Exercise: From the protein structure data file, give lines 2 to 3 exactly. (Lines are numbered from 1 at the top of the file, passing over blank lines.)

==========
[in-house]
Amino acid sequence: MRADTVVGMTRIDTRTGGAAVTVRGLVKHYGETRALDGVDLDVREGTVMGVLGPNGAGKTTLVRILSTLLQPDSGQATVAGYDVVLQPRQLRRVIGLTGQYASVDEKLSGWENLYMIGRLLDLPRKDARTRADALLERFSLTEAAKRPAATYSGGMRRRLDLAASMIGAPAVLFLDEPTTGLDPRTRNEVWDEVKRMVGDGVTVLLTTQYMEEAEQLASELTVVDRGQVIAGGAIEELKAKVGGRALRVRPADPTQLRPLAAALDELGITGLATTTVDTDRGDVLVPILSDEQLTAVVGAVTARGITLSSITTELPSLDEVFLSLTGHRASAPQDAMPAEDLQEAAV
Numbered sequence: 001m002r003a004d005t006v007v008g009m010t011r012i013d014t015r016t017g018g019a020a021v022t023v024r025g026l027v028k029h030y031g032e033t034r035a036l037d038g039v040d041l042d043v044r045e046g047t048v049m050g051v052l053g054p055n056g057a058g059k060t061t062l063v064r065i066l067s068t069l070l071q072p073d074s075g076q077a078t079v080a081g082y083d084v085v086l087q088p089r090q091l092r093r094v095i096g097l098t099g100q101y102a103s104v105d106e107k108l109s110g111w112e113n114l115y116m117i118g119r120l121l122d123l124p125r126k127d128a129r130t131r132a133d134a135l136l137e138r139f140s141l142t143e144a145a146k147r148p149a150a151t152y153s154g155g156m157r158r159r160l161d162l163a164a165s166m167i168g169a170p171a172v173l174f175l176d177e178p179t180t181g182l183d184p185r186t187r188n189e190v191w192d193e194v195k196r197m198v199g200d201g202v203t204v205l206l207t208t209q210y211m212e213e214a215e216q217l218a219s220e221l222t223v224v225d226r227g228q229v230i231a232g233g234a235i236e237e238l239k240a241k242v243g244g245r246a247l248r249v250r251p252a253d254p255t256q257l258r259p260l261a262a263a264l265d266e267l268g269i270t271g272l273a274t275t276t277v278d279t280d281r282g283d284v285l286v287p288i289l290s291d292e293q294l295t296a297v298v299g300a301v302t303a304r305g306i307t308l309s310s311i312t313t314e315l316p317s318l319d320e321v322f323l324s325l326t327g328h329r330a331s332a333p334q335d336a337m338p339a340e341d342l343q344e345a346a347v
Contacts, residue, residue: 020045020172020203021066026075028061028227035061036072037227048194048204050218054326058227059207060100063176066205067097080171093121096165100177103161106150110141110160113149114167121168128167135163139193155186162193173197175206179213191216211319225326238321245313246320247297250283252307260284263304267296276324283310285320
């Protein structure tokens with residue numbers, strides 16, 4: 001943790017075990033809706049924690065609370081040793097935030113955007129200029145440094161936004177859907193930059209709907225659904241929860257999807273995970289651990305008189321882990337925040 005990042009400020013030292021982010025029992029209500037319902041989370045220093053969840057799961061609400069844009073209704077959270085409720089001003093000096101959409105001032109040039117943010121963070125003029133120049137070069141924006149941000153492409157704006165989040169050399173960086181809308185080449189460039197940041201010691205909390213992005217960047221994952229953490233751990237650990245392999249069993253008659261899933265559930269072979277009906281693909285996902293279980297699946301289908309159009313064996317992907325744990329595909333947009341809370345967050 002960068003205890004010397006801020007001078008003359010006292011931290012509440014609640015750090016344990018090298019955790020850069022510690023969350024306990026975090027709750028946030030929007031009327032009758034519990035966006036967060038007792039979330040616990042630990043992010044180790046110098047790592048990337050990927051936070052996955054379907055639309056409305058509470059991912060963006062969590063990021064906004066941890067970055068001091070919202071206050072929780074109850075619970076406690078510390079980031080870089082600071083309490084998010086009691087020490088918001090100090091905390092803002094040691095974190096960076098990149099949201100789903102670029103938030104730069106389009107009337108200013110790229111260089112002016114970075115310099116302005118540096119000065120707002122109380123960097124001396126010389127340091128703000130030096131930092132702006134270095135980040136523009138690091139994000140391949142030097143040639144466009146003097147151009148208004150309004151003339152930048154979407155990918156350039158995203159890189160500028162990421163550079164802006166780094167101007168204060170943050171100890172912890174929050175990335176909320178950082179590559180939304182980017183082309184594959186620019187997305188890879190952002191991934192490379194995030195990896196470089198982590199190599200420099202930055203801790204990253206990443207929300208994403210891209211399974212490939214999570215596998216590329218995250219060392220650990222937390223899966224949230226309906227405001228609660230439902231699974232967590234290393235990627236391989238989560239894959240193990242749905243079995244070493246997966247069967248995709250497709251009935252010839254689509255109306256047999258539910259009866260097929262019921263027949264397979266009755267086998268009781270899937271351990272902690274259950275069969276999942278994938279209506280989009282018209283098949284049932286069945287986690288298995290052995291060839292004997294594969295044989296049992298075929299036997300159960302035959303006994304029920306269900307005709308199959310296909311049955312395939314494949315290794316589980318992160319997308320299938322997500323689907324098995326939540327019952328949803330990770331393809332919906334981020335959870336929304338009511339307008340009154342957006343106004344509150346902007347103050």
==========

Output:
Amino acid sequence: MRADTVVGMTRIDTRTGGAAVTVRGLVKHYGETRALDGVDLDVREGTVMGVLGPNGAGKTTLVRILSTLLQPDSGQATVAGYDVVLQPRQLRRVIGLTGQYASVDEKLSGWENLYMIGRLLDLPRKDARTRADALLERFSLTEAAKRPAATYSGGMRRRLDLAASMIGAPAVLFLDEPTTGLDPRTRNEVWDEVKRMVGDGVTVLLTTQYMEEAEQLASELTVVDRGQVIAGGAIEELKAKVGGRALRVRPADPTQLRPLAAALDELGITGLATTTVDTDRGDVLVPILSDEQLTAVVGAVTARGITLSSITTELPSLDEVFLSLTGHRASAPQDAMPAEDLQEAAV
Numbered sequence: 001m002r003a004d005t006v007v008g009m010t011r012i013d014t015r016t017g018g019a020a021v022t023v024r025g026l027v028k029h030y031g032e033t034r035a036l037d038g039v040d041l042d043v044r045e046g047t048v049m050g051v052l053g054p055n056g057a058g059k060t061t062l063v064r065i066l067s068t069l070l071q072p073d074s075g076q077a078t079v080a081g082y083d084v085v086l087q088p089r090q091l092r093r094v095i096g097l098t099g100q101y102a103s104v105d106e107k108l109s110g111w112e113n114l115y116m117i118g119r120l121l122d123l124p125r126k127d128a129r130t131r132a133d134a135l136l137e138r139f140s141l142t143e144a145a146k147r148p149a150a151t152y153s154g155g156m157r158r159r160l161d162l163a164a165s166m167i168g169a170p171a172v173l174f175l176d177e178p179t180t181g182l183d184p185r186t187r188n189e190v191w192d193e194v195k196r197m198v199g200d201g202v203t204v205l206l207t208t209q210y211m212e213e214a215e216q217l218a219s220e221l222t223v224v225d226r227g228q229v230i231a232g233g234a235i236e237e238l239k240a241k242v243g244g245r246a247l248r249v250r251p252a253d254p255t256q257l258r259p260l261a262a263a264l265d266e267l268g269i270t271g272l273a274t275t276t277v278d279t280d281r282g283d284v285l286v287p288i289l290s291d292e293q294l295t296a297v298v299g300a301v302t303a304r305g306i307t308l309s310s311i312t313t314e315l316p317s318l319d320e321v322f323l324s325l326t327g328h329r330a331s332a333p334q335d336a337m338p339a340e341d342l343q344e345a346a347v